Tuesday, May 31, 2016



My friend Jean said her sister, Carol, would arrive at the San Diego International Airport about noon on a Wednesday. We decided to meet at the Liberty Public Market (2820 Historic Decatur Road) for lunch—a five minute drive west of the airport. This is one of the new and trendy places in San Diego, located in the northeast corner of Liberty Station, Point Loma.

     Interestingly, the new Liberty Public Market is located in the original Navy Mess Hall, one of the first buildings constructed at the San Diego Naval Training center in the early 1920s. The $3 million project offers more than 24 food and beverage vendors and a choice of inside or outside seating in a renovated historical building with high ceilings and impressive white wooden rafters.

       This is my second visit to the market. The first time was on a Sunday afternoon in April and it was crowded. The lines for food were too long, tables were almost impossible to find, and it was noisy. We did not stay.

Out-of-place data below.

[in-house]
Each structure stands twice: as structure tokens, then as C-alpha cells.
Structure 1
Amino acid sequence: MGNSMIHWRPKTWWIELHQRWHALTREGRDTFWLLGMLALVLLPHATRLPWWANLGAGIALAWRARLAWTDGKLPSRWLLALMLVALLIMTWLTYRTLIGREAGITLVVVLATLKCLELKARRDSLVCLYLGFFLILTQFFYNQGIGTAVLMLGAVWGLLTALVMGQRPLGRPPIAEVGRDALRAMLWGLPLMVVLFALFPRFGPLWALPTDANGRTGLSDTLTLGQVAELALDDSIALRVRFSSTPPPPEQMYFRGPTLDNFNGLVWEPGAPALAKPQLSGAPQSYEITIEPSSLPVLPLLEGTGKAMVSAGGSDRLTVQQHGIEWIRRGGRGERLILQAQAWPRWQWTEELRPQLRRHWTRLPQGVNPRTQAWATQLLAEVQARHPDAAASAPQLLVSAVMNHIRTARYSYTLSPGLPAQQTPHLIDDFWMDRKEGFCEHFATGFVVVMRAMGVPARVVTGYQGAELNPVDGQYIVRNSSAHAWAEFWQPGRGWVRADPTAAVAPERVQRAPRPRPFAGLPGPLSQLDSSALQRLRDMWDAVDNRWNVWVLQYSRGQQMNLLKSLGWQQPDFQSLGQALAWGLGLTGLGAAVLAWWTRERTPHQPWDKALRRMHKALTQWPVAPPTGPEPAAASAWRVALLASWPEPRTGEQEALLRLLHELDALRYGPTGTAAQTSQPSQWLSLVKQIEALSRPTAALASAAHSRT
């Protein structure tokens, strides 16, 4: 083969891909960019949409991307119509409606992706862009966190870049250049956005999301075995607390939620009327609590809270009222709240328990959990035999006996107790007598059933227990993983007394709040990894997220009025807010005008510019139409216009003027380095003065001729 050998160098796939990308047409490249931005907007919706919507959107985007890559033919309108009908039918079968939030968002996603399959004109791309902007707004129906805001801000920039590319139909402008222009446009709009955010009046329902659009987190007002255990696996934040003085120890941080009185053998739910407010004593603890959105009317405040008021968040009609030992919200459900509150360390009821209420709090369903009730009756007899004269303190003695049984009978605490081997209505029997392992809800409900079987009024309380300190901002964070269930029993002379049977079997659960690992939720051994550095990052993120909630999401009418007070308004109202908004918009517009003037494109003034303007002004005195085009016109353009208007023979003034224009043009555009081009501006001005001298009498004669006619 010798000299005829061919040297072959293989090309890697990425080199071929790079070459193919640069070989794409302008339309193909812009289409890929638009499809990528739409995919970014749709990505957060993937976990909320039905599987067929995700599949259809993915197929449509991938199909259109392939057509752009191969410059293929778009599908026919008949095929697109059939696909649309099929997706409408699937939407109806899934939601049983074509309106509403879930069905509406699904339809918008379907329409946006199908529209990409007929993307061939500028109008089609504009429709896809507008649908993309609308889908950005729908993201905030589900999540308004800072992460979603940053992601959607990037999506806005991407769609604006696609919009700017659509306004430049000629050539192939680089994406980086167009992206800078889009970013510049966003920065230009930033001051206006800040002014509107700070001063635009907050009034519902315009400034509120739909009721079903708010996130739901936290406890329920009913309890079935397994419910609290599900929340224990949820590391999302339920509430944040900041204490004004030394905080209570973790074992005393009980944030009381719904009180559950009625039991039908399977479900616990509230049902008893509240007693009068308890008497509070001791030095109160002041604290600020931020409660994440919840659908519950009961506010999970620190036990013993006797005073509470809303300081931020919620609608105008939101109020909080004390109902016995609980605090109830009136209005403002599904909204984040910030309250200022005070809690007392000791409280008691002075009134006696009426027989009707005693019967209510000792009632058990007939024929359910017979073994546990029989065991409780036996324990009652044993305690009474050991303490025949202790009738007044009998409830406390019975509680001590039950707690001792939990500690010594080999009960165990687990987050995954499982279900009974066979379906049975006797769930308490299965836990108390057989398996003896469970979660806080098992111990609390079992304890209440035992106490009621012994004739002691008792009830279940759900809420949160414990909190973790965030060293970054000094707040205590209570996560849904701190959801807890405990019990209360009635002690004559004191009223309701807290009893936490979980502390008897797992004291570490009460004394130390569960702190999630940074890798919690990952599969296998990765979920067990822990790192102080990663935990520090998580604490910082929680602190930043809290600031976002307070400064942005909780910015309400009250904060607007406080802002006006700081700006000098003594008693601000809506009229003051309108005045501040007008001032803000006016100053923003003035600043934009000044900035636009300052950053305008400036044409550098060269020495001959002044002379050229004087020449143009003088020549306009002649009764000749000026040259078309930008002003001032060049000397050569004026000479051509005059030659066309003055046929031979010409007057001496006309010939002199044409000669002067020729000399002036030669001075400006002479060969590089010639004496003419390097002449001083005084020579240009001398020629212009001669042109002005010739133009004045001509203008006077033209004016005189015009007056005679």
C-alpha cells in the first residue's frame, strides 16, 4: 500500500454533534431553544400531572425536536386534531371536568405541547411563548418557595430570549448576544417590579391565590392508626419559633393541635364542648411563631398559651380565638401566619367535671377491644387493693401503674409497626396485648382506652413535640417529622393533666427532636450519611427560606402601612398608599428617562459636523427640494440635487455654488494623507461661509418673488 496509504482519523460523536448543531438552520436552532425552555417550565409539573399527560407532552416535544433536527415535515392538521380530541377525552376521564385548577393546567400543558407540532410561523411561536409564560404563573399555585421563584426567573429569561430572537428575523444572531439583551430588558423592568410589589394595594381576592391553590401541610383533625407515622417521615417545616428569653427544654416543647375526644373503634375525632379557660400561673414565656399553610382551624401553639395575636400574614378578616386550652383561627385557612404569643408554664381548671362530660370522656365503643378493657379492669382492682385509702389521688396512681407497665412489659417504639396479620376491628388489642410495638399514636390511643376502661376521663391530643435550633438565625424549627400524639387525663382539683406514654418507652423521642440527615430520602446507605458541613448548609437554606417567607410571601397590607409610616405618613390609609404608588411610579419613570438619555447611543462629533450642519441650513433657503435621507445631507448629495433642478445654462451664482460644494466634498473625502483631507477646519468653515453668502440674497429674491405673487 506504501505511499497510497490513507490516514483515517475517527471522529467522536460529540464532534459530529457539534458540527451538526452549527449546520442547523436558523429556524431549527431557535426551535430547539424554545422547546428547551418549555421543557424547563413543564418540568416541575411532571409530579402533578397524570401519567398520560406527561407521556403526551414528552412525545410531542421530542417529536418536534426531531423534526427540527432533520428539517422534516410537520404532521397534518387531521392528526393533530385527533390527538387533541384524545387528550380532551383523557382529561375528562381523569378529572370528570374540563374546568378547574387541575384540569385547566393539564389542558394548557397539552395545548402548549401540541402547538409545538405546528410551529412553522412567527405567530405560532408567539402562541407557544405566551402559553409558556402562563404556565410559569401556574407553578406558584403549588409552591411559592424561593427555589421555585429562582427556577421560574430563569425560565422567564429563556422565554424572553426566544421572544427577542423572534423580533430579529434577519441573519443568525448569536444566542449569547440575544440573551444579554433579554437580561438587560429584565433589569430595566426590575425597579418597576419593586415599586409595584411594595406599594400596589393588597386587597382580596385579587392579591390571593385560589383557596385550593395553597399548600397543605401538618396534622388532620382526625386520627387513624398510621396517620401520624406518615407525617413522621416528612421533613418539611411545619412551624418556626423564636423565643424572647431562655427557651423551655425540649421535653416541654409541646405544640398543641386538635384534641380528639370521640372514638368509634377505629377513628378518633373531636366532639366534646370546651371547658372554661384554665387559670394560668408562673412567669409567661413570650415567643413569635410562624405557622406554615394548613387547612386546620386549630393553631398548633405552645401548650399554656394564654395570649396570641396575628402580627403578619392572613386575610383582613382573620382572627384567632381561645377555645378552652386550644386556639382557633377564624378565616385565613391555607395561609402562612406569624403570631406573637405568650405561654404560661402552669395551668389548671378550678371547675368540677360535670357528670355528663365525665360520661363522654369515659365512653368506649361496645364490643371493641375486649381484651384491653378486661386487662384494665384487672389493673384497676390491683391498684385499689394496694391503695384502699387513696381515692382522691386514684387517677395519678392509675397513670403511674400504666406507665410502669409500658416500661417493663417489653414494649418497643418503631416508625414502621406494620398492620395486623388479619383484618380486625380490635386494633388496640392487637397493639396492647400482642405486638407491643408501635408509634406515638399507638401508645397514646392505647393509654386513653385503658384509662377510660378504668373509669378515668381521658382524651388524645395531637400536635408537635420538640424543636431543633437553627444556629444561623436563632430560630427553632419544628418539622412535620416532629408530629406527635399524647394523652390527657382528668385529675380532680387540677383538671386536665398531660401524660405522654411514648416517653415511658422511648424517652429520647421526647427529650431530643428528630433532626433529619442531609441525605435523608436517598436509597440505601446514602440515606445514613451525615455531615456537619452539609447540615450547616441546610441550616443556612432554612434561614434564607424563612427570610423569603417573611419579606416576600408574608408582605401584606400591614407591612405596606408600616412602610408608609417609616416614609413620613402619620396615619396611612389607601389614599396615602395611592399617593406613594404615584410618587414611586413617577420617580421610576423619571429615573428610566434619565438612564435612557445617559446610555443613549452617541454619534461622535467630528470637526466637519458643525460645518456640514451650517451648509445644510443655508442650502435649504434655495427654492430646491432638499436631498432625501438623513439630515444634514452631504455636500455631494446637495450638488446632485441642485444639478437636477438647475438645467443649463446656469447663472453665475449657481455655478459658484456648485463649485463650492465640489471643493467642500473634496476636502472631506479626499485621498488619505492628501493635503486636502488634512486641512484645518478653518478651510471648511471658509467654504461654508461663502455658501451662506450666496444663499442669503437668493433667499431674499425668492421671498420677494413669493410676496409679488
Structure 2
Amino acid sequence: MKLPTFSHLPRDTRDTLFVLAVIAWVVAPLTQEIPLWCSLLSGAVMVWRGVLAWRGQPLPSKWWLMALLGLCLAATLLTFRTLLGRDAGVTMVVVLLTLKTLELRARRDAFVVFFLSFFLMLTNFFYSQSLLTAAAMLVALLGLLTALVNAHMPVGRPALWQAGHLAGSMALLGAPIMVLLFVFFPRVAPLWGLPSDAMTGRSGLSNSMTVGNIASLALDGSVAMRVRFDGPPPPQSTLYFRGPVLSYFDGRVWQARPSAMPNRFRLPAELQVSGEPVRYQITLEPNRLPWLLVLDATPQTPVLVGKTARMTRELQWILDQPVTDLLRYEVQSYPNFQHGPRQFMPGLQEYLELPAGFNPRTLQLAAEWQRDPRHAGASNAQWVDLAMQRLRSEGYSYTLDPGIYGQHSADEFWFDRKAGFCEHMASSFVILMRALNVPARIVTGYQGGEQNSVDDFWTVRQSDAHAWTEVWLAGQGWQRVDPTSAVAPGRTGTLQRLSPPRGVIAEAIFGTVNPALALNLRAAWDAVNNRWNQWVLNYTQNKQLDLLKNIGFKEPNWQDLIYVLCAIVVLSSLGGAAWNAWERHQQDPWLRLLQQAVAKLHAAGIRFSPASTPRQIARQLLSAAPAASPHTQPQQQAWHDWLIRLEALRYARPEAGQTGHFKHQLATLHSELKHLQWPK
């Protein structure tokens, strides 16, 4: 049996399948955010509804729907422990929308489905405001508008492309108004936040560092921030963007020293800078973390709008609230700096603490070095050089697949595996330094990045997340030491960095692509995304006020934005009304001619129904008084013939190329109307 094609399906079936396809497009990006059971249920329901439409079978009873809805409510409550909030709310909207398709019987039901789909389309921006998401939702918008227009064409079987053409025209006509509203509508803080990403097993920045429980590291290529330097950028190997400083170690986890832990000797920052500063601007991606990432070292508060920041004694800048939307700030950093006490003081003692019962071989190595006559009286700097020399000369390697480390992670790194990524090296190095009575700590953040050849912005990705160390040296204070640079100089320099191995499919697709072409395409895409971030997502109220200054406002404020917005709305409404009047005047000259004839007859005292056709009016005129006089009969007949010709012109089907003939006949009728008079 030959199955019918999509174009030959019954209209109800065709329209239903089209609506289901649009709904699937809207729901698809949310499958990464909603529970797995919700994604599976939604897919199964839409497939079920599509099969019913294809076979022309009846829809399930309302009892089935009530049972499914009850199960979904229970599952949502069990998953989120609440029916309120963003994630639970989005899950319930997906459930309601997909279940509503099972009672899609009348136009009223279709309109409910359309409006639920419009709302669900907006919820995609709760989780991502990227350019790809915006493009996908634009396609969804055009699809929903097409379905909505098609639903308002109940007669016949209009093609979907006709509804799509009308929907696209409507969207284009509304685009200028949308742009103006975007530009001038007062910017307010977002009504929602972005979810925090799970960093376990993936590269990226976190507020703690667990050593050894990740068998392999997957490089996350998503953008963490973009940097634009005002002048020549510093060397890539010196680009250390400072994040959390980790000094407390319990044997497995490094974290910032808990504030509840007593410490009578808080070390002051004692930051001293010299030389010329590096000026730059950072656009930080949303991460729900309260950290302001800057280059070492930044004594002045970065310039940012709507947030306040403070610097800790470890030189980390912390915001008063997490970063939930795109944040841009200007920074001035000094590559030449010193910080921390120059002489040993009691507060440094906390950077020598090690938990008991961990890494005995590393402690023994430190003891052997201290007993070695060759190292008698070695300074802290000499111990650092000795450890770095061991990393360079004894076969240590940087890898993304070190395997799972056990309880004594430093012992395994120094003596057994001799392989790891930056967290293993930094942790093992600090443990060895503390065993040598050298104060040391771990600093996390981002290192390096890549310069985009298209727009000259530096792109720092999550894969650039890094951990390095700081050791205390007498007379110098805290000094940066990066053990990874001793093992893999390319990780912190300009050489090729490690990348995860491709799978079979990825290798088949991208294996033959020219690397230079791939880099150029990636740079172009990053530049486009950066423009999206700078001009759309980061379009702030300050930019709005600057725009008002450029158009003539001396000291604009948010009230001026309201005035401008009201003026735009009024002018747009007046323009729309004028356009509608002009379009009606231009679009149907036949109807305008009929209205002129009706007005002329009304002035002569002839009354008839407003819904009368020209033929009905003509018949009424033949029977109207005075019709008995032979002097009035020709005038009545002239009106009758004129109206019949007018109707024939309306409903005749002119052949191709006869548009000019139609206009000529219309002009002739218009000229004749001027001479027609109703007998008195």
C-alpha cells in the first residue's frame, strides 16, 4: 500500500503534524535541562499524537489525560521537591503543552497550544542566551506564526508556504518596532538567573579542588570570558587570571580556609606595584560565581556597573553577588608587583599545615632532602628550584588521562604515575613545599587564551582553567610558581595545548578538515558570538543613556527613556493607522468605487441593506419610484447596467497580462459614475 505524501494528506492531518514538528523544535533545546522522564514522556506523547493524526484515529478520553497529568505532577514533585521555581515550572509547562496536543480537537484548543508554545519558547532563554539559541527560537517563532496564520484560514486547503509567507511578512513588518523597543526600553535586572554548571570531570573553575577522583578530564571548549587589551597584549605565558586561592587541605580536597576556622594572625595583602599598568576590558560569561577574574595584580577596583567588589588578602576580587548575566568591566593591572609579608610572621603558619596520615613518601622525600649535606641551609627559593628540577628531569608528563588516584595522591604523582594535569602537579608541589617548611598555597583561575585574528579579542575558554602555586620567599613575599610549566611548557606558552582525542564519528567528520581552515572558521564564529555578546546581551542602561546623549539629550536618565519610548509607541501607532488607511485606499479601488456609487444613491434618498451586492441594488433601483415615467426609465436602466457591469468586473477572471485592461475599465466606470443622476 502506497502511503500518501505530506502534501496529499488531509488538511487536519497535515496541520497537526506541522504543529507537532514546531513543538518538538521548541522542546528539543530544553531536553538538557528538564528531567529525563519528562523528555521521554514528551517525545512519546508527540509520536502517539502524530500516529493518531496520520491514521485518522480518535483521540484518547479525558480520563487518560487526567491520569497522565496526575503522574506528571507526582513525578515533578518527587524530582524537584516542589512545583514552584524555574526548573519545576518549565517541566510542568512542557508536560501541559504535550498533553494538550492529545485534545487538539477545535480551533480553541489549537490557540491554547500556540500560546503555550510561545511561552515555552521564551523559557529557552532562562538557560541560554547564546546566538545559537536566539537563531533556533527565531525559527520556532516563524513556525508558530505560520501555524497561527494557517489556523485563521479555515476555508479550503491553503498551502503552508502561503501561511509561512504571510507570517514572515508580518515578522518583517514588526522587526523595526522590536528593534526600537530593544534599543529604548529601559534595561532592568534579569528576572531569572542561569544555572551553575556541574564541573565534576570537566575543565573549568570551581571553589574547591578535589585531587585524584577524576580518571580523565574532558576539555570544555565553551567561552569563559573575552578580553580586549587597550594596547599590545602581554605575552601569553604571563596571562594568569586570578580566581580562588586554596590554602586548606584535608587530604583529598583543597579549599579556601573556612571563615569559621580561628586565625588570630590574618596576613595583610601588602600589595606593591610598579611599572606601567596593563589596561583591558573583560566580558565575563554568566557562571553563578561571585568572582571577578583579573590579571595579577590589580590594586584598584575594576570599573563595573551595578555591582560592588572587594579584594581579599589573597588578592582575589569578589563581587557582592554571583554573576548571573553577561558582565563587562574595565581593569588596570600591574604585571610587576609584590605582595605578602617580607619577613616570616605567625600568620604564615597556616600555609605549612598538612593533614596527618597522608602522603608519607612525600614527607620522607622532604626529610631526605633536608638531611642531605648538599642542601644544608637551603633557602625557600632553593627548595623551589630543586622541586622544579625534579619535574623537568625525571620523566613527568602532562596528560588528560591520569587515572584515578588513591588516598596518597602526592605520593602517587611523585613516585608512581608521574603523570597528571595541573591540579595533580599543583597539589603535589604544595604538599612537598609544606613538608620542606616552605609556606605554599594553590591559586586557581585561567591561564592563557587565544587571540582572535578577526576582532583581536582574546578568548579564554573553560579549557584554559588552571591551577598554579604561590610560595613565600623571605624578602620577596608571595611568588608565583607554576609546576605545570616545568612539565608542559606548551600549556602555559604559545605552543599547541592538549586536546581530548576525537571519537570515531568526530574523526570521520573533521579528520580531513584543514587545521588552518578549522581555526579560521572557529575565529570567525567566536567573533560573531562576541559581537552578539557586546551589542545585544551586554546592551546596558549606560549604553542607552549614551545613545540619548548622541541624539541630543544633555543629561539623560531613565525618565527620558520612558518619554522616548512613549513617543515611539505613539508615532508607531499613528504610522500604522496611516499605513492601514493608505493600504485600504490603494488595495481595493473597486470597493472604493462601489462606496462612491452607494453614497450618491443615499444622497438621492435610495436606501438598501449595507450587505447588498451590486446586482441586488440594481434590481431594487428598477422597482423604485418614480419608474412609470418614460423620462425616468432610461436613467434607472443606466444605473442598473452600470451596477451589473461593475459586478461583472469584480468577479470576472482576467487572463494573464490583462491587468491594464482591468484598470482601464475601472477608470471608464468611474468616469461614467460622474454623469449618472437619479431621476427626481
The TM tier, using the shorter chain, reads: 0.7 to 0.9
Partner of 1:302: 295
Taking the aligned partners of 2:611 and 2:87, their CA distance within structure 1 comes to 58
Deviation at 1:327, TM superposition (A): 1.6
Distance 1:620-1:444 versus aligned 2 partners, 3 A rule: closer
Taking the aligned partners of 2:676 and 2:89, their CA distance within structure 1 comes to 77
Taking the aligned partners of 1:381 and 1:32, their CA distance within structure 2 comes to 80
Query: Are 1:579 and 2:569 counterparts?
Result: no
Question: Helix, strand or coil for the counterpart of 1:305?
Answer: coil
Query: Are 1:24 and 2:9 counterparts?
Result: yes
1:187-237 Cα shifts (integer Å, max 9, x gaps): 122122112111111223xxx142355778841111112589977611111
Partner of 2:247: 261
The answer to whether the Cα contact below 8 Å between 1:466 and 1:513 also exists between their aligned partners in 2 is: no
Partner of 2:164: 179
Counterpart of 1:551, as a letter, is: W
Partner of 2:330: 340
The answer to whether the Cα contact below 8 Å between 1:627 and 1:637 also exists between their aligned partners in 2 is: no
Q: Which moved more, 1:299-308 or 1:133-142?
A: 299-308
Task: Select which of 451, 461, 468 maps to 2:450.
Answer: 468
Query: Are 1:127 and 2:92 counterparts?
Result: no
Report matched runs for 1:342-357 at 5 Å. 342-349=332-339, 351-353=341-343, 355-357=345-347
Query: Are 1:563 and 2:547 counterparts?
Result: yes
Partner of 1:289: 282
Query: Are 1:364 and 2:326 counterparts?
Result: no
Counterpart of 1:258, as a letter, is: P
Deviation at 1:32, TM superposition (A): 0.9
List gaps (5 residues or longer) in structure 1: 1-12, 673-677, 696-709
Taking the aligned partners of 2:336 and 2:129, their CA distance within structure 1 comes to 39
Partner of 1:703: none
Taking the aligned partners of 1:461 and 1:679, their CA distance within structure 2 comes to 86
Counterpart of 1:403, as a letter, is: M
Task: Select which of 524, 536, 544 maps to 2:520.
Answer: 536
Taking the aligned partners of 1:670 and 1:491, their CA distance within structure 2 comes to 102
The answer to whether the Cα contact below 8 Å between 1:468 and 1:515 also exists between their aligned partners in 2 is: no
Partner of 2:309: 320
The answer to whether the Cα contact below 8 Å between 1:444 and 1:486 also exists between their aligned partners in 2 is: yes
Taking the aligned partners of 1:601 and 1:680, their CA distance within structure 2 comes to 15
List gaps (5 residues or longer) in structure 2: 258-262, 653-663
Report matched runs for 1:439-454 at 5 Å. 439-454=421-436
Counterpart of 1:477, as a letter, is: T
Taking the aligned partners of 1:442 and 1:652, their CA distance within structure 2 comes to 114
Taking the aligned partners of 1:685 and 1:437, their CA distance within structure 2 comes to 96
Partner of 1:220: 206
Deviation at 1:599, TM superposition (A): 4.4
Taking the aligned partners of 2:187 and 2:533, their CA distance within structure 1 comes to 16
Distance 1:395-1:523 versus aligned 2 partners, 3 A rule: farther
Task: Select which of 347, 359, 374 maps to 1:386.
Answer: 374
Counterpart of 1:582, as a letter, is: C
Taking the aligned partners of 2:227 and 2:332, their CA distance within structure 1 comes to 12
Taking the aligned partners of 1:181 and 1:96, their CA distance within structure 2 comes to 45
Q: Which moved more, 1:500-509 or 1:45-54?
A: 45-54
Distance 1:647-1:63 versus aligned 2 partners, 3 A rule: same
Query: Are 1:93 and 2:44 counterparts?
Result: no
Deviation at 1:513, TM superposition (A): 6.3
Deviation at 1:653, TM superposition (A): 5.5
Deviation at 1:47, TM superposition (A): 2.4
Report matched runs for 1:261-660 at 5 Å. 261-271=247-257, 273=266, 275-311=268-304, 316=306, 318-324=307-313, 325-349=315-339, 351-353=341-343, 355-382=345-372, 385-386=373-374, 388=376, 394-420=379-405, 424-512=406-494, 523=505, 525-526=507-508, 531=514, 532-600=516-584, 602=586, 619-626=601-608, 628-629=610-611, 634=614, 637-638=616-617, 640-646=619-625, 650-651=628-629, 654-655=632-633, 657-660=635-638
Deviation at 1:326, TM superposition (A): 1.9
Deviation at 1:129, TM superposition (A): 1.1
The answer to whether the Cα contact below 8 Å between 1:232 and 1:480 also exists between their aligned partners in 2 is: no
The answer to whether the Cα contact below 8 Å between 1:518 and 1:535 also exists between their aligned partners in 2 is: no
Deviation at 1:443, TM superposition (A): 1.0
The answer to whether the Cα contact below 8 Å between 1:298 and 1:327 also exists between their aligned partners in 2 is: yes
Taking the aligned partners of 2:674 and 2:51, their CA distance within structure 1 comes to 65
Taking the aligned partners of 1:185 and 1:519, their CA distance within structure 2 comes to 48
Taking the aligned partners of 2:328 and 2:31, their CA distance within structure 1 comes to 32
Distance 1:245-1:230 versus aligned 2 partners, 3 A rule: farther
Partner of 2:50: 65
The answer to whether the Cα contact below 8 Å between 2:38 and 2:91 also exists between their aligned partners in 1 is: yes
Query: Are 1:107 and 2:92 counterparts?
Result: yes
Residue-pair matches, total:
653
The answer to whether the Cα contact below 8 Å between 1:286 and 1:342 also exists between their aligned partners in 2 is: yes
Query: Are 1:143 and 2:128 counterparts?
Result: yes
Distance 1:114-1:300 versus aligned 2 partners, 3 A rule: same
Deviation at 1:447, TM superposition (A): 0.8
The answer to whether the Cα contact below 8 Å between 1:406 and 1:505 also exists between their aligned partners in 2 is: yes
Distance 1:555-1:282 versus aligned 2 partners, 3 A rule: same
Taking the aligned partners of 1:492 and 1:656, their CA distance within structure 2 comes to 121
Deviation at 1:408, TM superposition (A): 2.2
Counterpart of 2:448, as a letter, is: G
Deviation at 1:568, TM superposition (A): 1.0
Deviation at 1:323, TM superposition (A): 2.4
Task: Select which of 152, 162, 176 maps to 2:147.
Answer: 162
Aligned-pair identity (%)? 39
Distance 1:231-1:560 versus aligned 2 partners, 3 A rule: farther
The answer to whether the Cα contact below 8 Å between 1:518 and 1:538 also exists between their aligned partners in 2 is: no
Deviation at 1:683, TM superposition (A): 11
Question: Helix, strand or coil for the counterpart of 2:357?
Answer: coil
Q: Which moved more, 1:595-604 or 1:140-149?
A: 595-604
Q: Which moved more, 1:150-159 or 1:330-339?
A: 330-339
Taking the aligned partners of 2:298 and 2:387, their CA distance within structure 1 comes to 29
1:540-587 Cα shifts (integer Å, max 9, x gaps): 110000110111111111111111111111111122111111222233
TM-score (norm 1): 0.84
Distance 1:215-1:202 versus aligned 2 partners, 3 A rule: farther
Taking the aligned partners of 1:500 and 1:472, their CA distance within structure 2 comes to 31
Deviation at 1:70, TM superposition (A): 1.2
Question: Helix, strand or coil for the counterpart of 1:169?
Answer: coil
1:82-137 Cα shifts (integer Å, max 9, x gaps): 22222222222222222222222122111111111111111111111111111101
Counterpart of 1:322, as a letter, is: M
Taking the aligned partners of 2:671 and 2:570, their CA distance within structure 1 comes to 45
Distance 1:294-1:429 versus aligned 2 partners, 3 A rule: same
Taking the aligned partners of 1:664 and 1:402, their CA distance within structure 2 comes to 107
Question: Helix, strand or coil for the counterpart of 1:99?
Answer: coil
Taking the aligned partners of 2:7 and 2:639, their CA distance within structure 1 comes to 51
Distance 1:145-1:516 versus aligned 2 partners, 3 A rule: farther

I looked forward to giving it another try on a weekday. It was much better, although seating was still somewhat limited, but the lines were short and there was more time to leisurely appreciate the nearly one-hundred-year-old structure. We found a pleasant long table located inside near the AE Floral shop. Here we could comfortably visit the afternoon away. We took turns heading out to explore the many food choices, and we all tried something different.